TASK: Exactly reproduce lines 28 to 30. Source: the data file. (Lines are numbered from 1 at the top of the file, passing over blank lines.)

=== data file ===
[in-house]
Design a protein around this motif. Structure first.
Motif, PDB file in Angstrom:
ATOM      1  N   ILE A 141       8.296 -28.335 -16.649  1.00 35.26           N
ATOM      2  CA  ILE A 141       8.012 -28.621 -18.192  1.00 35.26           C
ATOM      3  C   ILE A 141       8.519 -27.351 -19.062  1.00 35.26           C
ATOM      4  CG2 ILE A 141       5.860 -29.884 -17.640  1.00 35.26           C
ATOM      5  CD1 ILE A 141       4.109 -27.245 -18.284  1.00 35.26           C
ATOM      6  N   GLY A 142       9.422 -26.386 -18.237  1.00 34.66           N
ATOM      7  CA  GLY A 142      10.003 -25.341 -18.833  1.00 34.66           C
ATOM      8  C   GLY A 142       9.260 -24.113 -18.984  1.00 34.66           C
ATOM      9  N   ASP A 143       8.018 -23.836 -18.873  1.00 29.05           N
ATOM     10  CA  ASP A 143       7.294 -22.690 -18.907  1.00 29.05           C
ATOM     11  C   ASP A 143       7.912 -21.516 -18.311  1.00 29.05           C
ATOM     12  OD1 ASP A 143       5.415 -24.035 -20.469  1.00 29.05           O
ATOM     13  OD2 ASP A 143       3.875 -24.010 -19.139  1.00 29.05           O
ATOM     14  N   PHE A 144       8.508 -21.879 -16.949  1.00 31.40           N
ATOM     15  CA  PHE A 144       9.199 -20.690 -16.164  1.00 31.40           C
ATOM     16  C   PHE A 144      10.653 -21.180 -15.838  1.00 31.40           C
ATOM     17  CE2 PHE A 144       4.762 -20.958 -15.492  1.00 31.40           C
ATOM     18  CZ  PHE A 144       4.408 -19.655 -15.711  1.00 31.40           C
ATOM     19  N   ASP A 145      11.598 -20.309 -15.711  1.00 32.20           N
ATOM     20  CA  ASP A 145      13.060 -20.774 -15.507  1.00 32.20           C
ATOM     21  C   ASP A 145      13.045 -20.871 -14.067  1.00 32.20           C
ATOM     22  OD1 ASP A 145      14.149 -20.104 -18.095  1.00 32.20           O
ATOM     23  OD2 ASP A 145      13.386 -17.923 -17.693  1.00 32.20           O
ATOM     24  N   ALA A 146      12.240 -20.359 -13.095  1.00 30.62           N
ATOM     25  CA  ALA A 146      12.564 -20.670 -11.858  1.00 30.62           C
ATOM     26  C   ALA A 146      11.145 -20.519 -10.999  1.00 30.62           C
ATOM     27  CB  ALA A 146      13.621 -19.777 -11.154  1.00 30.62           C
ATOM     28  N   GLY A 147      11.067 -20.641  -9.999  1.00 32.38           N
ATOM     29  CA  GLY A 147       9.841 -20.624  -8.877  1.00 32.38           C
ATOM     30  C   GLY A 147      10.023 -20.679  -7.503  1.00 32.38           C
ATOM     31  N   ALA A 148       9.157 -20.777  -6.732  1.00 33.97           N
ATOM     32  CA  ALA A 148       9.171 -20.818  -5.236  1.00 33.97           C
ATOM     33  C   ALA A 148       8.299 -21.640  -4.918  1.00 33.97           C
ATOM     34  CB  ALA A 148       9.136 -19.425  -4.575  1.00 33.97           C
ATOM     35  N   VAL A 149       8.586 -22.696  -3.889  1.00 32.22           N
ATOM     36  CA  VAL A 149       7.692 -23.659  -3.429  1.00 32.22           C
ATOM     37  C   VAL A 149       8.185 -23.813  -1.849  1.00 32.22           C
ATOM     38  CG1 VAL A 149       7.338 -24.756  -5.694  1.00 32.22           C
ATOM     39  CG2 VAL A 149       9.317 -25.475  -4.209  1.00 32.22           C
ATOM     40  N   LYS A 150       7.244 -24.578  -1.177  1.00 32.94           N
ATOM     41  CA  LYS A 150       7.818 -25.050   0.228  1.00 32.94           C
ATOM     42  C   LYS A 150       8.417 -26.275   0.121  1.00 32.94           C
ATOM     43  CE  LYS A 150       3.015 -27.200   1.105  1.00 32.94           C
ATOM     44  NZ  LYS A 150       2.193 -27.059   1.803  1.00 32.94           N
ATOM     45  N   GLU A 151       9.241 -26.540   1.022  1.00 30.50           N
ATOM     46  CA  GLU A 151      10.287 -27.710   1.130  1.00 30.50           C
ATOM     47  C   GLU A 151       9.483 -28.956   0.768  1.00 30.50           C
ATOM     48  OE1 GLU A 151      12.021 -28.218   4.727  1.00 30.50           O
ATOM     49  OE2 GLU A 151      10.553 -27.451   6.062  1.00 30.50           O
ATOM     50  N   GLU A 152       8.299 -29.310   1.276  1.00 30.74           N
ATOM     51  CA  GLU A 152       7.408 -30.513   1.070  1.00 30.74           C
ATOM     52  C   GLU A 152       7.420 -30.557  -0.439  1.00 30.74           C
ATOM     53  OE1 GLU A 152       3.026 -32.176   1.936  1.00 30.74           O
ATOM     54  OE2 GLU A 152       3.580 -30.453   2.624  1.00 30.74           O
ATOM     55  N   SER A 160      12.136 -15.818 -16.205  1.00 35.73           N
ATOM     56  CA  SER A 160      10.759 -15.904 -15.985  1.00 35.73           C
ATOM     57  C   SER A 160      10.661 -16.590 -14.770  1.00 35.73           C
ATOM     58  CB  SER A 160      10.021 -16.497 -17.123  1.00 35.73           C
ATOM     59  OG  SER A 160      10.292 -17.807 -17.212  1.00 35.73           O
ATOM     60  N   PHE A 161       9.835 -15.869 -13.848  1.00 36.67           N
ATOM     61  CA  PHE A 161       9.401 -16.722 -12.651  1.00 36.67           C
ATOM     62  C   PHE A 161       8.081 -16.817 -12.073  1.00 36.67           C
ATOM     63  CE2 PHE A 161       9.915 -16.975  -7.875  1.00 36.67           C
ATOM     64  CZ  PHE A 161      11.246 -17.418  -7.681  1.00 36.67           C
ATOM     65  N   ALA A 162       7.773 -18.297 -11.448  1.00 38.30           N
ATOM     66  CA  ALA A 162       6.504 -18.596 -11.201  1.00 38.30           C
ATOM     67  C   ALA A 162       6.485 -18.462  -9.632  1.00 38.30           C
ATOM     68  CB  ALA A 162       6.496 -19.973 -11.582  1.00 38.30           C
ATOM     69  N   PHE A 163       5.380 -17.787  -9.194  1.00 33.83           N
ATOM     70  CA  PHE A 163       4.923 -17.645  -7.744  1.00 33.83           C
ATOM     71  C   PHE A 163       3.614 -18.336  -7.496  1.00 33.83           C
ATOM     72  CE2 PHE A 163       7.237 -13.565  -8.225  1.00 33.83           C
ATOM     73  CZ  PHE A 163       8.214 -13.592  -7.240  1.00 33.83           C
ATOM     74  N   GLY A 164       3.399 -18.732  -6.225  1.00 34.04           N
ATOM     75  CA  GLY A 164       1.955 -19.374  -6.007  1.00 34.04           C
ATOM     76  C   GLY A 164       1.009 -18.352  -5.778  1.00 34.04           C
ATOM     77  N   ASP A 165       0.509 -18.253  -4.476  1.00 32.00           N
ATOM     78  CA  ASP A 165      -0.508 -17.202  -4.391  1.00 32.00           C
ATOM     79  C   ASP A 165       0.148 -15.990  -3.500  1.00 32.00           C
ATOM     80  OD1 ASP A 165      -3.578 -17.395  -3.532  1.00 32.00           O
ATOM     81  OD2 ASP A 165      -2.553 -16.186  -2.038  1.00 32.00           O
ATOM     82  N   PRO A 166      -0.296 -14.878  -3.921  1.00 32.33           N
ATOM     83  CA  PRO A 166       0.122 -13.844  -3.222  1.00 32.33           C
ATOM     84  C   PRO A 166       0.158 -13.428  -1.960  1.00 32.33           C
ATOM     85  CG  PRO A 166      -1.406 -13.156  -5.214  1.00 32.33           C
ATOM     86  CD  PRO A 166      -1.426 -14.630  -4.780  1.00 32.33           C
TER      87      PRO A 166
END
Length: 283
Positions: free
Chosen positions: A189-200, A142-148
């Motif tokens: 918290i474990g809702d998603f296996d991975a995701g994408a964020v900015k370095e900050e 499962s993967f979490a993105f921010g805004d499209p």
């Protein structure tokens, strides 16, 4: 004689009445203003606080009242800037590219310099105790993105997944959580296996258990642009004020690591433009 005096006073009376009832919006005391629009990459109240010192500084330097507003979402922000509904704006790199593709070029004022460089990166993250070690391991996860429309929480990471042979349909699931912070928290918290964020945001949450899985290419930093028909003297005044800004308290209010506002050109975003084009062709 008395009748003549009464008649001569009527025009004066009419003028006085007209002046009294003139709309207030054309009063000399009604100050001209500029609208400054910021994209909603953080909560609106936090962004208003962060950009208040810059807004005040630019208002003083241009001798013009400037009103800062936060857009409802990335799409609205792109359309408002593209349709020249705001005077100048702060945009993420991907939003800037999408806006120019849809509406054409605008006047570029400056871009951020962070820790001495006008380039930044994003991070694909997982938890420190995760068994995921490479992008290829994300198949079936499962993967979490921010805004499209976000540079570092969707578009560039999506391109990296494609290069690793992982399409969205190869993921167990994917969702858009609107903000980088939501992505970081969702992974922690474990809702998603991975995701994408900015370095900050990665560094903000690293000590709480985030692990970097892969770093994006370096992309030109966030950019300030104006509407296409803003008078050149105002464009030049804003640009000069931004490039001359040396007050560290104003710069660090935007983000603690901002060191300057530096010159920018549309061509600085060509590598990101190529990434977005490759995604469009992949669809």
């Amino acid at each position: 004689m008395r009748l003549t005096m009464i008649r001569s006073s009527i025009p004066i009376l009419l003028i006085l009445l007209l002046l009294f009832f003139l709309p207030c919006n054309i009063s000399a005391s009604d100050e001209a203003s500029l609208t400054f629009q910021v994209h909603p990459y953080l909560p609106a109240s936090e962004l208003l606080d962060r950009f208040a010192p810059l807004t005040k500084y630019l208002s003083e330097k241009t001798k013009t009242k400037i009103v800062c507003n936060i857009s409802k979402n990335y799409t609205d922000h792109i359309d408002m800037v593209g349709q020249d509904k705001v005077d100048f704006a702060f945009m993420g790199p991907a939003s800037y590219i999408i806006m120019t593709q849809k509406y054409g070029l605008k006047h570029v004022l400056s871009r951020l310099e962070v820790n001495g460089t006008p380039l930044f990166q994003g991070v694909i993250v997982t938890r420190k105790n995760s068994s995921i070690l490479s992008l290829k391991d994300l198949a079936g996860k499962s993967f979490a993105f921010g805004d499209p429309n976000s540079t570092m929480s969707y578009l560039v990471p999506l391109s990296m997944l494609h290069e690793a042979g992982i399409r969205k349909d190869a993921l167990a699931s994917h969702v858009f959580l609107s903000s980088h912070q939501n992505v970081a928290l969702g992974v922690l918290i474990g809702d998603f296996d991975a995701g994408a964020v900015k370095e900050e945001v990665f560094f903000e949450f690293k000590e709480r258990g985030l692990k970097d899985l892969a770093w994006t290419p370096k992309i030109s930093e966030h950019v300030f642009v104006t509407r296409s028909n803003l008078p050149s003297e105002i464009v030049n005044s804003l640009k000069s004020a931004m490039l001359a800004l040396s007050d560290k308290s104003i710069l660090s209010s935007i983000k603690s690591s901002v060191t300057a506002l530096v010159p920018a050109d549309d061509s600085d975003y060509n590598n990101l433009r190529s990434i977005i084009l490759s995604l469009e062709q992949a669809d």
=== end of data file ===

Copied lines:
ATOM     25  CA  ALA A 146      12.564 -20.670 -11.858  1.00 30.62           C
ATOM     26  C   ALA A 146      11.145 -20.519 -10.999  1.00 30.62           C
ATOM     27  CB  ALA A 146      13.621 -19.777 -11.154  1.00 30.62           C